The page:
Half-life strife: Seasons change in the atom's heart

 作者:祭缒     |      日期:2019-03-14 03:05:00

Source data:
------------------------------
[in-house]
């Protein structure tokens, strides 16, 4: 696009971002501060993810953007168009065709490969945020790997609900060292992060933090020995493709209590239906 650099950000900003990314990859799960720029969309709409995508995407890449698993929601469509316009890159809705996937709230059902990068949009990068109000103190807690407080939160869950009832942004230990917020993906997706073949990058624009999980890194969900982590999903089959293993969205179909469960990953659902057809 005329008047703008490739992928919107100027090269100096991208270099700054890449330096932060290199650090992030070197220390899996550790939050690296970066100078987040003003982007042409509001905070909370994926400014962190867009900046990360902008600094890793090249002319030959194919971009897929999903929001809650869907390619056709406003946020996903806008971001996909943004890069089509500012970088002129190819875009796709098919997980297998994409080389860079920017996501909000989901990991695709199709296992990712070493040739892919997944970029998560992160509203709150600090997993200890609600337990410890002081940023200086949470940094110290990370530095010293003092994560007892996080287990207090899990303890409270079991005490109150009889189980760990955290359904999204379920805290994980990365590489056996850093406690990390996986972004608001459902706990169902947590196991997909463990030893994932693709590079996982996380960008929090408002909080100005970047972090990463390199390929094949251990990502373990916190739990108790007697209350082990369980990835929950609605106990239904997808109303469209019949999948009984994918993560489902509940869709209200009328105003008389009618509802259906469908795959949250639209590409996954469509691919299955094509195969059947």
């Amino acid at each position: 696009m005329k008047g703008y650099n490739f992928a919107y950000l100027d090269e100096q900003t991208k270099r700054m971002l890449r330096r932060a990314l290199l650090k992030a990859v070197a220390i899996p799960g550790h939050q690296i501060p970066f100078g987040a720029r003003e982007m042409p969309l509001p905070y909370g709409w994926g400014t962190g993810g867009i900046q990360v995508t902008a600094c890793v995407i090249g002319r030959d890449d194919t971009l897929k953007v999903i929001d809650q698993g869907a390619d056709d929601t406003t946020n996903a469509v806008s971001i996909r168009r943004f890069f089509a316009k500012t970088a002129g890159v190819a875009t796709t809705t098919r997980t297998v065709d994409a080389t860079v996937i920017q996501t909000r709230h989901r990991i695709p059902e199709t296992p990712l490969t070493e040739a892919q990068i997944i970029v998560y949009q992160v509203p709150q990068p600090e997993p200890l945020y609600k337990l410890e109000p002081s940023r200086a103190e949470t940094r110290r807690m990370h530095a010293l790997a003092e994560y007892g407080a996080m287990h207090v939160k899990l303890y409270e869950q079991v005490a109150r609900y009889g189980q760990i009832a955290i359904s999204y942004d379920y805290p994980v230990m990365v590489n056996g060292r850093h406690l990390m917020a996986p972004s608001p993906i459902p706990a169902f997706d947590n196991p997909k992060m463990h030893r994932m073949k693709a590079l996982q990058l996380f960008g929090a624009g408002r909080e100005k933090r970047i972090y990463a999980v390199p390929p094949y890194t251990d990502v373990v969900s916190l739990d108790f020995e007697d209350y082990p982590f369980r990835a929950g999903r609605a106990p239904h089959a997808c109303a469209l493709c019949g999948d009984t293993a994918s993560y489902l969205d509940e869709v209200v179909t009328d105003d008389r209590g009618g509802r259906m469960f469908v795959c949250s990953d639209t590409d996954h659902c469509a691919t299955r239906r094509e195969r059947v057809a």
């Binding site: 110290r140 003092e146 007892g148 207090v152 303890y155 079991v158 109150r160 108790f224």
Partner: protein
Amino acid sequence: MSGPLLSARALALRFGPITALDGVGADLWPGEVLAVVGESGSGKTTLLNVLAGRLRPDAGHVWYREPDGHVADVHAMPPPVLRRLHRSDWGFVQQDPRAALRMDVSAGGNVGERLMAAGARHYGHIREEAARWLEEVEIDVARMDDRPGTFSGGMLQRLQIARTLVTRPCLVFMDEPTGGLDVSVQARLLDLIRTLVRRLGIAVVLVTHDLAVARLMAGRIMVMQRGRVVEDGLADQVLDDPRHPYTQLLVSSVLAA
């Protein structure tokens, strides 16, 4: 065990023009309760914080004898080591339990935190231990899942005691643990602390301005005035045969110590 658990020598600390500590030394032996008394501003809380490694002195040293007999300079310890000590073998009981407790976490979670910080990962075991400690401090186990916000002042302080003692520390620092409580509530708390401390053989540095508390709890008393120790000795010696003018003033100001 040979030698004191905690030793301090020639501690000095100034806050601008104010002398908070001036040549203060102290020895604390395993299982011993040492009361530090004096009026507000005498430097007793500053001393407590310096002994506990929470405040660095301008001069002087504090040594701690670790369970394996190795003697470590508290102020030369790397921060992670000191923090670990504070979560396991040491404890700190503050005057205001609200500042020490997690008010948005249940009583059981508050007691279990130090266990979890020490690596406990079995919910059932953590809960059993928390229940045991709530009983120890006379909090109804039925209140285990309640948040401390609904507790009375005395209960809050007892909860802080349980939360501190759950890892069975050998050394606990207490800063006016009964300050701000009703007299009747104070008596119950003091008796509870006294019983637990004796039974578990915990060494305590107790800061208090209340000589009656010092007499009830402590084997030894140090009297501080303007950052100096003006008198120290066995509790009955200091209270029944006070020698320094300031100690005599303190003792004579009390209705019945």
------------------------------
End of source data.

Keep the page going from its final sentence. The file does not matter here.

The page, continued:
By Stuart Clark IT WAS one of those evenings. You know the kind: after a draining day at work, all you want to do is relax in front of the television. The last thing you expect to do is make a breakthrough that could change the face of modern physics. Yet that’s exactly what happened to Jere Jenkins on 13 December 2006. After a busy day in the lab, he recalls watching the news in a “semi-catatonic” state. The story was about how astronauts had been outside the International Space Station during a solar storm and had caught a blast of X-rays. Jenkins sat up and took notice. This could be the answer to a puzzle he had stumbled across at work. Results from one of his experiments suggested that the sun was somehow speeding up the radioactive decay of an isotope he was studying – something that was not supposed to happen. The news report gave him an idea about how to test this peculiar finding. If the sun was indeed affecting radioactive half-lives, he wondered, what would happen when a solar storm slammed straight into Earth? He pulled out his laptop, logged into the university server and checked his experiment. What he saw stunned him. The decay rates had dropped during the storm, as if the miasma of solar radiation was shielding the isotope in some way. It was either some sort of cruel coincidence, or another piece of evidence in an increasingly weird puzzle. But that wasn’t all: